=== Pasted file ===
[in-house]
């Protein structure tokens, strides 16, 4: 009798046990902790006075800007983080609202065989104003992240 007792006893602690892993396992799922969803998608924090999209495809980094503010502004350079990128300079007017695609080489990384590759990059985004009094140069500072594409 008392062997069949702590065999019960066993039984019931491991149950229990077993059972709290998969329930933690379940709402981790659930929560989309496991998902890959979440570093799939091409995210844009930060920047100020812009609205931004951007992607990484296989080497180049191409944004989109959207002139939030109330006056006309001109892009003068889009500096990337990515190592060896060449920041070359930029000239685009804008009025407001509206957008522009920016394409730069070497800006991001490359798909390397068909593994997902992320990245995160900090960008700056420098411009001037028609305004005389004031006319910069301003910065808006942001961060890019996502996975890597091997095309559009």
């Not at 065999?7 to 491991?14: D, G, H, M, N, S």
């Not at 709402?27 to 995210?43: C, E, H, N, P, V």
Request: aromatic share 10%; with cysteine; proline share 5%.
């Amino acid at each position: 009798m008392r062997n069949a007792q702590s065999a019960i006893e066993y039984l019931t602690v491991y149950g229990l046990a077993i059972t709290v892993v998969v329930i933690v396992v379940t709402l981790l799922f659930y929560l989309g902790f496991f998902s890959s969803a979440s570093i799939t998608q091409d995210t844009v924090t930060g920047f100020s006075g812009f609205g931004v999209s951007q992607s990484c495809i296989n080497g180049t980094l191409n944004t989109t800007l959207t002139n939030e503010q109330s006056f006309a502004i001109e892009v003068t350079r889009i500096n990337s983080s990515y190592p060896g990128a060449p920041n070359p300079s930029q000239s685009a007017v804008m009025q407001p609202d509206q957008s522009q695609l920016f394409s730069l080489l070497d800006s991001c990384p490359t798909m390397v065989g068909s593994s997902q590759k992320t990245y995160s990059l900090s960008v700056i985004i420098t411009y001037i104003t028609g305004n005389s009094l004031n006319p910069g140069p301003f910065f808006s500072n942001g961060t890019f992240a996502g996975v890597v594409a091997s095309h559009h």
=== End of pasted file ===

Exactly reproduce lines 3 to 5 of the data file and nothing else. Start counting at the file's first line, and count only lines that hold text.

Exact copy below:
């Not at 065999?7 to 491991?14: D, G, H, M, N, S």
């Not at 709402?27 to 995210?43: C, E, H, N, P, V």
Request: aromatic share 10%; with cysteine; proline share 5%.